You must make a choice to move on regardless of the choice your husband made. The state of your emotional and spiritual health is key to your future choices and decisions.
Forgiveness is a choice, and to free yourself from the bitterness holding you back, you need to forgive your husband if you still desire to save your marriage.
But even as you forgive him, know that there is no guarantee that you will never be hurt in a similar way or in other ways by your husband.
As for your husband, he must commit to a lifestyle that assures, affirms and testifies to the confession and change that he has committed to.
Responsible living and being accountable for his actions is key to your marriage working.
It is not possible or even advisable to supervise him or keep tabs on everything he does or everyone he sees, so don’t even think about that.
What your husband needs from you, apart from your forgiveness, is your friendship and acceptance.
It is worrying if he has decided to shun the church, yet this is where he is most likely to meet others who could walk with him.
Nine years together is too long to ignore. I suggest that you first deal with your inner bitterness and anger towards him and faithfully guard against how this is influencing how you treat him and relate with him.
This will be painful and hard to do, but it is the only way to show Christ’s love.
Second, set acceptable boundaries and make a conscious choice to hold each other accountable.
Accountability is one sure way of moving your relationship towards an acceptable value system.
Finally, revenge has never been the solution to hurt. Revenge has a way of spiralling out of control, because the probability is that you will hurt another person in the process of revenging against your husband.
There is hope only if your husband confessed his infidelity and showed guilt and remorsefulness.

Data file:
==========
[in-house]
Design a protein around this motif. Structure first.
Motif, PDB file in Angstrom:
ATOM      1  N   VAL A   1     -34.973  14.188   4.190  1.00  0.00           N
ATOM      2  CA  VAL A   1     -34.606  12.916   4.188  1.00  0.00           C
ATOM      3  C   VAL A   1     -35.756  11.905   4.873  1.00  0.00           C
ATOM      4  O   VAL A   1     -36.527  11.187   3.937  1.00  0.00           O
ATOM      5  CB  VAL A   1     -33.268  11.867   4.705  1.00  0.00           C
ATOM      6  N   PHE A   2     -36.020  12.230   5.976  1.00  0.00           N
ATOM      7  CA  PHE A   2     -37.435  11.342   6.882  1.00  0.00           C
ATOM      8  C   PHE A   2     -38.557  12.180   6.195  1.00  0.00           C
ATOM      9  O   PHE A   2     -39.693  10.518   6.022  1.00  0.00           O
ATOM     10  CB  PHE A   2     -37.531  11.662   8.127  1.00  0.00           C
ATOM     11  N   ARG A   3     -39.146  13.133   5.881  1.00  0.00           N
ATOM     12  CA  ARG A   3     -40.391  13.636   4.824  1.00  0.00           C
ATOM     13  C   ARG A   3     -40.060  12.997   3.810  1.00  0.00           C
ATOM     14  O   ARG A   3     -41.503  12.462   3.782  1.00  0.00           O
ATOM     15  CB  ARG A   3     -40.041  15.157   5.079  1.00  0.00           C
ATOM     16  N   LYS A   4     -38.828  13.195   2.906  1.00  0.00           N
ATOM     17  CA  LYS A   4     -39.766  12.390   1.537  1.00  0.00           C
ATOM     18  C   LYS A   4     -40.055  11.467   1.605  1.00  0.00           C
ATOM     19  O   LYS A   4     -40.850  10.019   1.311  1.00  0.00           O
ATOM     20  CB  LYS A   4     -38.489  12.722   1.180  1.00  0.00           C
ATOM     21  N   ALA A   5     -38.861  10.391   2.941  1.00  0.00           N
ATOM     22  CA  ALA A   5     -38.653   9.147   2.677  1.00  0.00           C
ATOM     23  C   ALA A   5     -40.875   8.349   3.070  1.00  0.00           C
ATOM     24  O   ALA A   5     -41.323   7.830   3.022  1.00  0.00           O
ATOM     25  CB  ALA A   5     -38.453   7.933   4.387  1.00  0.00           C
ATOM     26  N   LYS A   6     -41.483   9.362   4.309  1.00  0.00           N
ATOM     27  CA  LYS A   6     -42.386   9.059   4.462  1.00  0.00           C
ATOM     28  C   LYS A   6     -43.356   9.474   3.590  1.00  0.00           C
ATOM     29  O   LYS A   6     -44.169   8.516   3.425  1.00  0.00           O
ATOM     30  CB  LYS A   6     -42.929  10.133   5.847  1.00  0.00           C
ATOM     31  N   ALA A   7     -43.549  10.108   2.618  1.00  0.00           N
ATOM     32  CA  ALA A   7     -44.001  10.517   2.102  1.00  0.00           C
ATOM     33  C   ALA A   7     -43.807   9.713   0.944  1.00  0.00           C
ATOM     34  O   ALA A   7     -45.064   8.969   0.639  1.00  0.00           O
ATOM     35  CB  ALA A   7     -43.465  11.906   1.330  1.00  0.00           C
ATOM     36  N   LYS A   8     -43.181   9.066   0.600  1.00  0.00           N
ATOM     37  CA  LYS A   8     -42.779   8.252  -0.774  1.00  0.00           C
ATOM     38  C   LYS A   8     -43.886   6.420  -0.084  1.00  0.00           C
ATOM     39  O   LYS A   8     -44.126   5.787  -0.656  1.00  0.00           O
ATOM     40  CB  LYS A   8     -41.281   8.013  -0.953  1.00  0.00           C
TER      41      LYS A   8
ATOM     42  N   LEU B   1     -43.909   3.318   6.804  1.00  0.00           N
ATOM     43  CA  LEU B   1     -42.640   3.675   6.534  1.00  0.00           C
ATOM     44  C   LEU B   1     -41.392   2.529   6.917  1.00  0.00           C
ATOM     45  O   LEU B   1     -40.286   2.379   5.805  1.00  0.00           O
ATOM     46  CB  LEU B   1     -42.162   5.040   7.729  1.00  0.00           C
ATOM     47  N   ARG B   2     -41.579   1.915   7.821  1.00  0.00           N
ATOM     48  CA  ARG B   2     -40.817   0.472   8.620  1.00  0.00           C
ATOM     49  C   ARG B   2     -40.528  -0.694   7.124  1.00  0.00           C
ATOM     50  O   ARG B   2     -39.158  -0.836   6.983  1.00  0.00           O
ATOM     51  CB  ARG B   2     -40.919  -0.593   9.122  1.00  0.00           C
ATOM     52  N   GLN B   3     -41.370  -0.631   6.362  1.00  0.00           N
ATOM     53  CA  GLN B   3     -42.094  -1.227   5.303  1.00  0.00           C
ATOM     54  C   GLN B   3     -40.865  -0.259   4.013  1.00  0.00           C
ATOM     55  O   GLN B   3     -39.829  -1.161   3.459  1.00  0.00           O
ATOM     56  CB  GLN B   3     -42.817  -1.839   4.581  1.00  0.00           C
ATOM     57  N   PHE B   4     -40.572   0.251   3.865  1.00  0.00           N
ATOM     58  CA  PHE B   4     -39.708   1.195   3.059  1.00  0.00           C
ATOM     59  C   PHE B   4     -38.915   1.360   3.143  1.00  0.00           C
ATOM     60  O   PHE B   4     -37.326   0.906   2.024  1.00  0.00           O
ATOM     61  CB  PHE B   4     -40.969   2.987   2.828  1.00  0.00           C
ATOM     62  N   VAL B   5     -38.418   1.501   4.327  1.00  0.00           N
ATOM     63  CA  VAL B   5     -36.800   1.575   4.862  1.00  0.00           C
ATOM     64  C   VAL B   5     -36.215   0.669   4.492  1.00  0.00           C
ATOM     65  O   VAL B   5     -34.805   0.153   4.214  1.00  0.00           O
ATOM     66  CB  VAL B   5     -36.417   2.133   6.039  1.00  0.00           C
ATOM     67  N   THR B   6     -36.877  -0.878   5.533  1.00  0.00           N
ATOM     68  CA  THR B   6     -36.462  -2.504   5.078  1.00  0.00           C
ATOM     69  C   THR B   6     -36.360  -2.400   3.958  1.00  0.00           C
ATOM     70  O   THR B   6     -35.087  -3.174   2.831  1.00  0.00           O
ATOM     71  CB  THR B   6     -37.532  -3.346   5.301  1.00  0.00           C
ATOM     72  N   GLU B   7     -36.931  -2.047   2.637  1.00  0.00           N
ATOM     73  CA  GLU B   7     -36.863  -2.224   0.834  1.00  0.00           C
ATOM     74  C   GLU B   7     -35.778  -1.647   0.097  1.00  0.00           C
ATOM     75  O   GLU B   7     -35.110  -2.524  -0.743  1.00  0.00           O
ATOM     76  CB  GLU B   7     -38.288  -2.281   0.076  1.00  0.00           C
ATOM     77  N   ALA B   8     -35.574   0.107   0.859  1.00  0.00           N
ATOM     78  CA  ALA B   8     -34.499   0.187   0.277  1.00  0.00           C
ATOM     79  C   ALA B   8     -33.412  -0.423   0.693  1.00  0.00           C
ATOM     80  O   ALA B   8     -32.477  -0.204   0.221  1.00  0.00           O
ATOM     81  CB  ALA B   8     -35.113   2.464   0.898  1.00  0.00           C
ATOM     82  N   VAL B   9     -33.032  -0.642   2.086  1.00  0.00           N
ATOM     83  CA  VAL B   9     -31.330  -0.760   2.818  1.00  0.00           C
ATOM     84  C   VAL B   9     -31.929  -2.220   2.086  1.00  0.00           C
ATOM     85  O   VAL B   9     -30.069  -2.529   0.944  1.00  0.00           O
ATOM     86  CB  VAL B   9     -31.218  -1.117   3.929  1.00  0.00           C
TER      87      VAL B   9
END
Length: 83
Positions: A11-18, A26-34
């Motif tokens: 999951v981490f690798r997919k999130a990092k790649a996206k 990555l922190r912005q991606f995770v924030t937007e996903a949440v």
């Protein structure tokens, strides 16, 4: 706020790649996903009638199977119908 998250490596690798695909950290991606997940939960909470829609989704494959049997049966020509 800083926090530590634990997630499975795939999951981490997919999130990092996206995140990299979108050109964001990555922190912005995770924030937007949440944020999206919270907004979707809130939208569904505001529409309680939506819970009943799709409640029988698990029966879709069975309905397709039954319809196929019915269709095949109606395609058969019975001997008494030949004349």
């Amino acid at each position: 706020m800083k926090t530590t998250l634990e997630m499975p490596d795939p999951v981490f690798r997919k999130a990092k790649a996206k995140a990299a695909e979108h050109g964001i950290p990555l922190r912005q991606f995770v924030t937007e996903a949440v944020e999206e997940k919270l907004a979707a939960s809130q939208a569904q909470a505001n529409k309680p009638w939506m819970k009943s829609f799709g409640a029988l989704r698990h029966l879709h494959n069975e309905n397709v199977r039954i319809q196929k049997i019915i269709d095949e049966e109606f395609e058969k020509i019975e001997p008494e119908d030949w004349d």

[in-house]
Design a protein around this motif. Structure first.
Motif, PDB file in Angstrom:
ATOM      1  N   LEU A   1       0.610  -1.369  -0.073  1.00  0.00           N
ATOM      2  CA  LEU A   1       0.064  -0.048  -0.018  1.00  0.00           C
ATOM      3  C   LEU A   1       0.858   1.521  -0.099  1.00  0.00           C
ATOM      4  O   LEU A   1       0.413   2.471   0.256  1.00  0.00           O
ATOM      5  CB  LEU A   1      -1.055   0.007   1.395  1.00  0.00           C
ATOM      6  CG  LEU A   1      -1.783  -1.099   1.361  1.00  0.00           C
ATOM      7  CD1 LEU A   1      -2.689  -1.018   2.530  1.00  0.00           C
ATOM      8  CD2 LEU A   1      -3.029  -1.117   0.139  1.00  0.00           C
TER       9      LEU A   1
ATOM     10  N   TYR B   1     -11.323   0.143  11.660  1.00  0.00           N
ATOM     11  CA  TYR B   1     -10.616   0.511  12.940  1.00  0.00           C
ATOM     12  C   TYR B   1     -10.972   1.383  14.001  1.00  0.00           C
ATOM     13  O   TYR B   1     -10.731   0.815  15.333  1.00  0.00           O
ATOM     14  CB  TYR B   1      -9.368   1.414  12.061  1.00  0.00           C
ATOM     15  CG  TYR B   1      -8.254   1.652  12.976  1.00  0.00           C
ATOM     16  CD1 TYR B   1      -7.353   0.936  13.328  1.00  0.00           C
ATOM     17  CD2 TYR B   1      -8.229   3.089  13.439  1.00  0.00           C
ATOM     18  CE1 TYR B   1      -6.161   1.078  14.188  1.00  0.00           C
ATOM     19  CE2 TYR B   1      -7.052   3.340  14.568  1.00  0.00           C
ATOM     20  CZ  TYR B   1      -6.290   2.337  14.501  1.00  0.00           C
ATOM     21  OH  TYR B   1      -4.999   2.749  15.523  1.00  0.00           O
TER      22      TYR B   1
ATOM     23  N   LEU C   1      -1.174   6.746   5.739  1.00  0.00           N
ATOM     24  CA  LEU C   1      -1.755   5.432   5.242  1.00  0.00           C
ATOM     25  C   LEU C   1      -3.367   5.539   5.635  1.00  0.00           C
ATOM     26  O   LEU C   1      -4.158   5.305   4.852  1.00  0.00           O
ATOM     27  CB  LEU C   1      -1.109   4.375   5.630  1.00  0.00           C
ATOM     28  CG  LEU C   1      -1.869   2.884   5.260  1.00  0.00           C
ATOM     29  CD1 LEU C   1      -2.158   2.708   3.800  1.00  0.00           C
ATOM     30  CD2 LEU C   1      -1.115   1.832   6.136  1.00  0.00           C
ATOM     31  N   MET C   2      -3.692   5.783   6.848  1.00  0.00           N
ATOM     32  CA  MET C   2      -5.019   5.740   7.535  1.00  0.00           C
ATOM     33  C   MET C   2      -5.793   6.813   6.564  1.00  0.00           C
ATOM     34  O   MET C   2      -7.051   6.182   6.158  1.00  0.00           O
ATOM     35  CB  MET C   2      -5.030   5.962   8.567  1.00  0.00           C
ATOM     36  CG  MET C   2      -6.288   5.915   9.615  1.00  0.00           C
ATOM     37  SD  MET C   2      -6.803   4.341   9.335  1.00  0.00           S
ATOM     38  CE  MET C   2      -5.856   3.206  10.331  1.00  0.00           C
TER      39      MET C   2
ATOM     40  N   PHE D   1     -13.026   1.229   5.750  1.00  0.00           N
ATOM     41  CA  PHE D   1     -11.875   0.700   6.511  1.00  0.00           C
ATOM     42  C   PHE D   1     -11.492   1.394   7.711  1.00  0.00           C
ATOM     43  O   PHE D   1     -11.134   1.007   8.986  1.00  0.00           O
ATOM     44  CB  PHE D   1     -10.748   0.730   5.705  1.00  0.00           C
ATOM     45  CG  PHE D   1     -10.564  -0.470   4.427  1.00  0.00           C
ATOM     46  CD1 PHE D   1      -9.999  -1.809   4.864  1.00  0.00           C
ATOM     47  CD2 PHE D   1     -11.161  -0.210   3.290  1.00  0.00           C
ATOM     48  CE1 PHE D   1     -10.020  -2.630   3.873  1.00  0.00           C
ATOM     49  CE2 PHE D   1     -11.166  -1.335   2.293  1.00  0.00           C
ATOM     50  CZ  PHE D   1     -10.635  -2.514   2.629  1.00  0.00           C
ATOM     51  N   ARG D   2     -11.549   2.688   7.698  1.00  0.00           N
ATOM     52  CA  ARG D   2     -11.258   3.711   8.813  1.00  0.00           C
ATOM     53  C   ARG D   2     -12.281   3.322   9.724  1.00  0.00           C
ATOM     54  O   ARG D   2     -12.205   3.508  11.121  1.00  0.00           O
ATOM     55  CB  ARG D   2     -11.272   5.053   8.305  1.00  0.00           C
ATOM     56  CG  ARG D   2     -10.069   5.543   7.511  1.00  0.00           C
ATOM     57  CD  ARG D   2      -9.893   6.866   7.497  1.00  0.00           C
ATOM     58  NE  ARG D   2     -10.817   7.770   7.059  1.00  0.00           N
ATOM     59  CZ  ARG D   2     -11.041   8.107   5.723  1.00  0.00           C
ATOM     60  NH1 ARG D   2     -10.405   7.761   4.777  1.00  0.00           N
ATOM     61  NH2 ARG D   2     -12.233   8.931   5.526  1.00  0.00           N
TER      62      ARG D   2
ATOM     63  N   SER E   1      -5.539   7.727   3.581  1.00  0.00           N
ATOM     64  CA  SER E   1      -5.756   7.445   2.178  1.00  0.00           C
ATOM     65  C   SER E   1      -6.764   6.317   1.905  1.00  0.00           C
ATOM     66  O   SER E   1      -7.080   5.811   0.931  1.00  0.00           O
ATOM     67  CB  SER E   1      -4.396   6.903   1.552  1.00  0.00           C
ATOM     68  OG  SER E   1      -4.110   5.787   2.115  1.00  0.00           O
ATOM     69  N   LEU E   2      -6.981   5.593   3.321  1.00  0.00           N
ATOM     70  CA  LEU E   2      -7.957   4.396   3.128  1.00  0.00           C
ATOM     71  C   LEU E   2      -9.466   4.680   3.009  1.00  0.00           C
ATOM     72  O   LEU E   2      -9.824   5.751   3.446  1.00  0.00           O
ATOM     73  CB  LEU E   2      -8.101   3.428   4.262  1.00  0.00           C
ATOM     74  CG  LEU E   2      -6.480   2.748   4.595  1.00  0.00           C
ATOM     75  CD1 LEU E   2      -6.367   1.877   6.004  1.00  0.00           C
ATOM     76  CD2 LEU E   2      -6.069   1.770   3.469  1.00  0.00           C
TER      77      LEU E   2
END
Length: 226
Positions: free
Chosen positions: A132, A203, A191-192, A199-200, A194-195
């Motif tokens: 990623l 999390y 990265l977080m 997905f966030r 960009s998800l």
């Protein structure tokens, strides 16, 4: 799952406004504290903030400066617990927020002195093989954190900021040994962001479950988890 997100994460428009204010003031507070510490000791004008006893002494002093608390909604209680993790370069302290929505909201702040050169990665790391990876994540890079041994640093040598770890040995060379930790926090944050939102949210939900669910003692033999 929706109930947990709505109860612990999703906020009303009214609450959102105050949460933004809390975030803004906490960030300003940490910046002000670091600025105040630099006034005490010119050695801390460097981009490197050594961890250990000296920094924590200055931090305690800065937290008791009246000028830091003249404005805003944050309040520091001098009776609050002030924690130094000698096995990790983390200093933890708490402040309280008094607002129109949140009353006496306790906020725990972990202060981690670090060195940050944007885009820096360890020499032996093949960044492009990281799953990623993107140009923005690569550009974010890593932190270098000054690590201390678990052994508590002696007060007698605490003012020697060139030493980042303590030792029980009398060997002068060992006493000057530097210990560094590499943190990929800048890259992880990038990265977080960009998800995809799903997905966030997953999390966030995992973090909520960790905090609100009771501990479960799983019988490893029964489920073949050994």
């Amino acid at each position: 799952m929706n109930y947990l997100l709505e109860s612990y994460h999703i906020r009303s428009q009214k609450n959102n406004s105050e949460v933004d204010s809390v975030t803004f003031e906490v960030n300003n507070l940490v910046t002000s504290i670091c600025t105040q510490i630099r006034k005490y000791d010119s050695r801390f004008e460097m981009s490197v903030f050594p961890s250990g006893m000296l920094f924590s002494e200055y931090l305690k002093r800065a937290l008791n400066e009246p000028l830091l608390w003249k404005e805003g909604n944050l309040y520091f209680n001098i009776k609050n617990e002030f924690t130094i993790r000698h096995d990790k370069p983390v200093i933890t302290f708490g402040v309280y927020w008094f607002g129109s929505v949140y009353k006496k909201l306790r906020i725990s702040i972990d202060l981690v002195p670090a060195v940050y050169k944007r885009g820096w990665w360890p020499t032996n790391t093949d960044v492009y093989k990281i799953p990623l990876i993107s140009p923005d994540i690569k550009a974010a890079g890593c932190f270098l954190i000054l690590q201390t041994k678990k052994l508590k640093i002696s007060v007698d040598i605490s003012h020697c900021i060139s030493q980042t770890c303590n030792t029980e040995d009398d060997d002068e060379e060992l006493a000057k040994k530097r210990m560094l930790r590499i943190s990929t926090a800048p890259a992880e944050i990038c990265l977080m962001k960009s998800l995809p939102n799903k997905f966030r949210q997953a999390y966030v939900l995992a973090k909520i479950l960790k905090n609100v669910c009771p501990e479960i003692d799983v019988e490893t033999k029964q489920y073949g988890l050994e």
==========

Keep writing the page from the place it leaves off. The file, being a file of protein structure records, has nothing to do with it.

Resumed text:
If you are the one who forced him to confess though, the forgiveness your husband needs from you might not come easy. It is however possible if you are willing to save your marriage.
Four steps to take if your spouse cheats on you
1. If your spouse cheats on you and you decide to stay and work on your marriage, it is advisable to have an HIV and STI done. The last thing you want to do is endanger your life.
2. Don’t bottle up your feelings; talk about what you’re going through with a close friend, relative or counsellor. Infidelity can be overwhelming. Therefore, you will require lots of emotional and psychological support. It will greatly help if you talk with someone who has gone through a similar experience.
3. Be introspective; ask yourself hard questions and give honest answers: what was the lead-up to the infidelity? Could it have been avoided if you and your spouse behaved differently, for instance? If you decide to save your marriage, what will the two of you do differently?
4. Consider going for counselling together, rather than the spouse that cheated going alone. During counselling, your spouse will be given the opportunity for full disclosure, which is key in healing.
It is also here, through the mediation of a neutral person, that both of you can talk about the challenges affecting your marriage and get a lasting solution.
Do you have a relationship question? Email [email protected]